- Easily synced to phone or iPod
- One of the most popular products
- Not durable, easily damaged
- Has a short lifespan
Another one of the castable fish finders, this model is actually one of the less popular ones, possible because of the uncommon design. Unlike the last model, this one looks like a traditional bobber on the top and an unfinished bobber on the bottom, where the sensors are.
Unlike other models, it has an LED light so that it is easily seen during the day and night, a big convenience if it is accidentally dropped in the water which happens often. Like the last model, it also connects through its own wifi generated signal instead of Bluetooth.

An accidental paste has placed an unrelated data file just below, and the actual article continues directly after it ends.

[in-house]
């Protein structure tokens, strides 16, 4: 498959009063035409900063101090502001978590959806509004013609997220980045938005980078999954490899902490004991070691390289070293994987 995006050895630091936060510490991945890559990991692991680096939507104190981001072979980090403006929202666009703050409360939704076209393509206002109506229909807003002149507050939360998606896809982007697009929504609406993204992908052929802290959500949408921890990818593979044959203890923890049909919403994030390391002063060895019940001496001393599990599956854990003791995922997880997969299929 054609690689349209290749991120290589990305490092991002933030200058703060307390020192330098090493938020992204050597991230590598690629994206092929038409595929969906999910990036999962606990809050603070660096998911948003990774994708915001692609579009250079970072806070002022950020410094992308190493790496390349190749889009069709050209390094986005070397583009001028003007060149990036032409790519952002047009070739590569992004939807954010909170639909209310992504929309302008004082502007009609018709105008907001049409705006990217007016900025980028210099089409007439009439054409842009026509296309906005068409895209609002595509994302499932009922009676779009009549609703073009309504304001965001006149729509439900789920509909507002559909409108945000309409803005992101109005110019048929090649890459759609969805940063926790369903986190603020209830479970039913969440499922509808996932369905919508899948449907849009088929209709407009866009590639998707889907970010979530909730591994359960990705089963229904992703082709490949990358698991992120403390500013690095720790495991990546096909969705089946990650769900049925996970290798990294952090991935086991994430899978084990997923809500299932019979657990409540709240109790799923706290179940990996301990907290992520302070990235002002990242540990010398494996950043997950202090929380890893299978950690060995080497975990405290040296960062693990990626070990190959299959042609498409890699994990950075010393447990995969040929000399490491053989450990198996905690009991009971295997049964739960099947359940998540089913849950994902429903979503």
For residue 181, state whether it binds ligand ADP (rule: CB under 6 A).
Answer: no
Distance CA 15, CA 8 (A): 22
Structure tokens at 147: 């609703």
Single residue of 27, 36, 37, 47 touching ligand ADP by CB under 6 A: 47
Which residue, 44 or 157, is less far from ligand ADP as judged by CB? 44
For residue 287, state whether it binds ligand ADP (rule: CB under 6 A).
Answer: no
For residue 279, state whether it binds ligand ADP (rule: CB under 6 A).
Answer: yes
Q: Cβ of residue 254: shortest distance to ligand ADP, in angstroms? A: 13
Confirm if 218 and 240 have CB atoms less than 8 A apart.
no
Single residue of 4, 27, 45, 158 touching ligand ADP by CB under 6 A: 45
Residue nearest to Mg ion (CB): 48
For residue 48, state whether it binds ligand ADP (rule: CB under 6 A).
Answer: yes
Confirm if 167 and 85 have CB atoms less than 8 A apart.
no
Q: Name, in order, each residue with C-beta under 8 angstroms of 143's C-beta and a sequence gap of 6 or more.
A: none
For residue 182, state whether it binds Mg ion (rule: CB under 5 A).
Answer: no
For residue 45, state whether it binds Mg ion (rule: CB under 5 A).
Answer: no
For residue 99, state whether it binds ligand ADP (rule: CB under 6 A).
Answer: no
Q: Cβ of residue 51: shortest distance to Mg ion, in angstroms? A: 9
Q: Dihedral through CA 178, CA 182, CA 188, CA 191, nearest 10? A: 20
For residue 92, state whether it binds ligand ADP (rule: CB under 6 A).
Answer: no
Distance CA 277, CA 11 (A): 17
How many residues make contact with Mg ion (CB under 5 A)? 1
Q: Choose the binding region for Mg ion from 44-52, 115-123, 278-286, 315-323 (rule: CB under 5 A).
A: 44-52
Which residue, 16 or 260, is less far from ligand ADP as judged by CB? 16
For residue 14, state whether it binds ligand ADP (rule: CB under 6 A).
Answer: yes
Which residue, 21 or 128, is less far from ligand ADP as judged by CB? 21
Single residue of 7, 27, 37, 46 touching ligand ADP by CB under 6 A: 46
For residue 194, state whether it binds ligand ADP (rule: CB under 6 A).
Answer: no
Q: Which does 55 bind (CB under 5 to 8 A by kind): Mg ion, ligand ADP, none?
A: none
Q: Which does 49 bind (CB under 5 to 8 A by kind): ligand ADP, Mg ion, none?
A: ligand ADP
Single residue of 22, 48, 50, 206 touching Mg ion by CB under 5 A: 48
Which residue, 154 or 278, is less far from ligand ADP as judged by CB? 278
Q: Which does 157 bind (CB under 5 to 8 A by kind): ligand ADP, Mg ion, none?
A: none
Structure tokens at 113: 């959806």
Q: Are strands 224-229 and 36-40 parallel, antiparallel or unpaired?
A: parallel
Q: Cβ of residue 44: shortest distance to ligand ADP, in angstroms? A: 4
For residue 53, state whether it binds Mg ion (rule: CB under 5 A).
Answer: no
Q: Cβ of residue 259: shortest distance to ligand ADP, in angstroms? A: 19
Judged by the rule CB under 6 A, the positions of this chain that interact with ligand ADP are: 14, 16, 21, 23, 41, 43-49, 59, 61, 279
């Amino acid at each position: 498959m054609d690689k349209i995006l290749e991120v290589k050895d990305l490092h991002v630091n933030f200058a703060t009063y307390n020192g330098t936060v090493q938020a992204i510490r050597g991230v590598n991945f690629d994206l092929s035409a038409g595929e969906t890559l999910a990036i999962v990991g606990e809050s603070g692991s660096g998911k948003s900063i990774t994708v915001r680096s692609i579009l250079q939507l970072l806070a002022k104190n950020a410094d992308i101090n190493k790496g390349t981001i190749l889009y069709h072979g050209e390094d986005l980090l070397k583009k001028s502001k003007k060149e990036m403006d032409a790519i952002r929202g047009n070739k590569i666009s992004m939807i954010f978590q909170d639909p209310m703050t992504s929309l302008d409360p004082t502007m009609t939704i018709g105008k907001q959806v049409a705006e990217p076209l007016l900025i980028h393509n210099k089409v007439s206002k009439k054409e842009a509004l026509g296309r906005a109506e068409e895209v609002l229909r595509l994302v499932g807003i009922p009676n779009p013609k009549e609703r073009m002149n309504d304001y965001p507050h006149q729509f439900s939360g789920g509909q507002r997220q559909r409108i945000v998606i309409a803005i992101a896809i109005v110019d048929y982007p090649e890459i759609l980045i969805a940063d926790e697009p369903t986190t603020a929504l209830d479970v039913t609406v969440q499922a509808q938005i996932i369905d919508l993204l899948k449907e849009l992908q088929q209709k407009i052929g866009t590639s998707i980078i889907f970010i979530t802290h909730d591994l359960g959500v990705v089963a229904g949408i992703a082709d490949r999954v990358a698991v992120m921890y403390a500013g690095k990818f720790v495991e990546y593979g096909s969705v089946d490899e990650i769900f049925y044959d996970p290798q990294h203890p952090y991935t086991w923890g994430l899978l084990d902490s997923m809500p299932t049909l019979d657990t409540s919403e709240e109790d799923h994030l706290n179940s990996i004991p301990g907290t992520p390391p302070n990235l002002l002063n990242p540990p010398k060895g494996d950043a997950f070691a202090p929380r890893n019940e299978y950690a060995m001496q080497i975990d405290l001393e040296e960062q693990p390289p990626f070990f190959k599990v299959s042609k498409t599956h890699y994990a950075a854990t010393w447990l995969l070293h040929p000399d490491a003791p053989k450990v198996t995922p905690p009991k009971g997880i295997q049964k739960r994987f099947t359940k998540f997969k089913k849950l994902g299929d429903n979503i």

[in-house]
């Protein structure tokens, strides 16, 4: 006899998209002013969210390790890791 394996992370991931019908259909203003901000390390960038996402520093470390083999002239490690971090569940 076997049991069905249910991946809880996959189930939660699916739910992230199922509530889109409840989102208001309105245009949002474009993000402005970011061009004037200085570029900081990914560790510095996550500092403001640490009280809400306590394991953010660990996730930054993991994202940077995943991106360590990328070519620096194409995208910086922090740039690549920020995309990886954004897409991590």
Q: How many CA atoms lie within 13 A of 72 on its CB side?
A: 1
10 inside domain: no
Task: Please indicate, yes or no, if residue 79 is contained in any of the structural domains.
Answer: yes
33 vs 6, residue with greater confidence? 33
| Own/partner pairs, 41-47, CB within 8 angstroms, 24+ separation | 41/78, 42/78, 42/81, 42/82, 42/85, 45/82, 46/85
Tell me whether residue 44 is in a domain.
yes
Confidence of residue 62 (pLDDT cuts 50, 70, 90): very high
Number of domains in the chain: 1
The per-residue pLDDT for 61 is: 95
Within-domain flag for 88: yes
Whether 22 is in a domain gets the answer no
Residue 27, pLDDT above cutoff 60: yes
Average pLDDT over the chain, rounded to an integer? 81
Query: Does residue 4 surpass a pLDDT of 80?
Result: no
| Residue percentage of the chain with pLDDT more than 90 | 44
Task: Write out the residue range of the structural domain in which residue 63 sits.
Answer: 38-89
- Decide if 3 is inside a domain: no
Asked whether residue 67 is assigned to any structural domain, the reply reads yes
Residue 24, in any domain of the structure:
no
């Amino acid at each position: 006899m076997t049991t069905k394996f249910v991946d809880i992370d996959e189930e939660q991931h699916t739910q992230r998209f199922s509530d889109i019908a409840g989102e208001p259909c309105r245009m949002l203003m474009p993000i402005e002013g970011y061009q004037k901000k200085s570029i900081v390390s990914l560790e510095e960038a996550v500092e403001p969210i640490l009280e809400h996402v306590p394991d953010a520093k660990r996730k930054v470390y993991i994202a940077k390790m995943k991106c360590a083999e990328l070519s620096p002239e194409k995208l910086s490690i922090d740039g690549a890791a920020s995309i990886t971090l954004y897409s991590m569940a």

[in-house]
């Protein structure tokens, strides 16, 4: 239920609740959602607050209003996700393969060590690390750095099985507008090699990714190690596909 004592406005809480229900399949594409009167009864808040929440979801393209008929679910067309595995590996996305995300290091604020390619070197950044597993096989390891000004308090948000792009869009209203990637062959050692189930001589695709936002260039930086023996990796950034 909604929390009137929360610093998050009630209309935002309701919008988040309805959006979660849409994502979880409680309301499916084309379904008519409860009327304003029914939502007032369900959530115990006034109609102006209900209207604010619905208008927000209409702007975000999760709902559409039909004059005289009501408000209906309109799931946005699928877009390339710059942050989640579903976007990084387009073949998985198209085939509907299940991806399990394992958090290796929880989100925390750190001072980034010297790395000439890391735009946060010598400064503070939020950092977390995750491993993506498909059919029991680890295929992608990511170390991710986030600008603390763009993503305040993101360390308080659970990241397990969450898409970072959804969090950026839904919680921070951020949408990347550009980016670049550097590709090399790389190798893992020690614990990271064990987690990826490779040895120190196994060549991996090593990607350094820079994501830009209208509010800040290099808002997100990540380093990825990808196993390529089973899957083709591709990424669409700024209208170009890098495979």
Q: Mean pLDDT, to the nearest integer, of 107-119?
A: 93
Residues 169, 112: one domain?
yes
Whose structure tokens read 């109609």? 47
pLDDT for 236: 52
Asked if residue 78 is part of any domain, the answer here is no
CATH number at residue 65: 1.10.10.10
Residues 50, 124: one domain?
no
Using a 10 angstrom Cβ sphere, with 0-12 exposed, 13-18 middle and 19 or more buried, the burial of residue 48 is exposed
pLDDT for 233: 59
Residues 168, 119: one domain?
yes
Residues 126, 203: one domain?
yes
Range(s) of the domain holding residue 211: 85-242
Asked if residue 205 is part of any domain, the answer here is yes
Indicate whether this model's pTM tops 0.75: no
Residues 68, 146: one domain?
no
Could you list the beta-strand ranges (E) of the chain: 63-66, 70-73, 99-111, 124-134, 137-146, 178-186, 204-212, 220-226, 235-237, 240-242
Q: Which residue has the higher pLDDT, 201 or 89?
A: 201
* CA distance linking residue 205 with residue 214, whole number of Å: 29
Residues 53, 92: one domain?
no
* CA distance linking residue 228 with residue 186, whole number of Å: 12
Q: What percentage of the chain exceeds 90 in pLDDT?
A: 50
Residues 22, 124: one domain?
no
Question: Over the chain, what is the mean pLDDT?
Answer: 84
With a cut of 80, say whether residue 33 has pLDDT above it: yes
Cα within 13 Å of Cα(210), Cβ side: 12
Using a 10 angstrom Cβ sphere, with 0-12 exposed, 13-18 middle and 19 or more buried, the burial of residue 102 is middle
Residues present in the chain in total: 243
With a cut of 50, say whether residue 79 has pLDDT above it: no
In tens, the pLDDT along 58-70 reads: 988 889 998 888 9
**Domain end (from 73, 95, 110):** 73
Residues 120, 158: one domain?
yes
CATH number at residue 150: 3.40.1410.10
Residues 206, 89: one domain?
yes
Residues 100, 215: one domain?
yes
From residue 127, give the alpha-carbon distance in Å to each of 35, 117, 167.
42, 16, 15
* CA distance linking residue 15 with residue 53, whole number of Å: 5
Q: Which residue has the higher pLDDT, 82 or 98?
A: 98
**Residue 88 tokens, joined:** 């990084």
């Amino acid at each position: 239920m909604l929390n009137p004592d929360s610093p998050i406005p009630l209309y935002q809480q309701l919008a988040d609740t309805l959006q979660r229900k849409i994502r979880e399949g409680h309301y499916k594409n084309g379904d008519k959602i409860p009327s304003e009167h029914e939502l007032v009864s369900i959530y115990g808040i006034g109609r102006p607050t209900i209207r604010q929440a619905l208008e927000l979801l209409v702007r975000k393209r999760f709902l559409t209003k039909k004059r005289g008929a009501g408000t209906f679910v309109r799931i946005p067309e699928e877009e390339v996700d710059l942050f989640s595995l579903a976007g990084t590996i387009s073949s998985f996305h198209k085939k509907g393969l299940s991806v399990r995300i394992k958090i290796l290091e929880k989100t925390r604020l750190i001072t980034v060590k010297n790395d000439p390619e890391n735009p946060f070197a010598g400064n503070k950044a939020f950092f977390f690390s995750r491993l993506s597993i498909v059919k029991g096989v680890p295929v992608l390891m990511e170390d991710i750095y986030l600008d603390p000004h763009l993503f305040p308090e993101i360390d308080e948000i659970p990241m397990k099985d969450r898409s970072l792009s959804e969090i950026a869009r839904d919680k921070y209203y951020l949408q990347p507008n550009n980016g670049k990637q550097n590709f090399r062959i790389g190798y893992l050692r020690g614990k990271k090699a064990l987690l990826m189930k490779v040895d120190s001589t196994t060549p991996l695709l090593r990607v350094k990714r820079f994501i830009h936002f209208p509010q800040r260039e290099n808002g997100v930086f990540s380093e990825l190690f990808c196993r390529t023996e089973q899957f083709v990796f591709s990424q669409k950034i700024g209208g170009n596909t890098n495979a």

Through the app which is used to connect to the fish finder, you can check the water depth, create custom color charts and map structures of your favorite fishing areas, and track and identify fish. You can even log your catches, create waypoints, follow friends, and live stream your fishing.
- 3D and bottom mapping work well
- Structures in the water are shown clearly
- The app is easy to navigate and use
- GPS is not that accurate
- Does not connect well with devices
The one that is the best out of all of the best portable fish finders available right now is possibly the Garmin Striker 4 with Portable Kit which was the first on the list. The pros far outweigh the cons along with all of the features that it has.
It has one of the longest lifespans, is one of the most accurate with the highest depth sensor, and can be used for ice fishing and vertical jigging. Between that and the conventional design with the GPS, it would be hard for other models to top this one.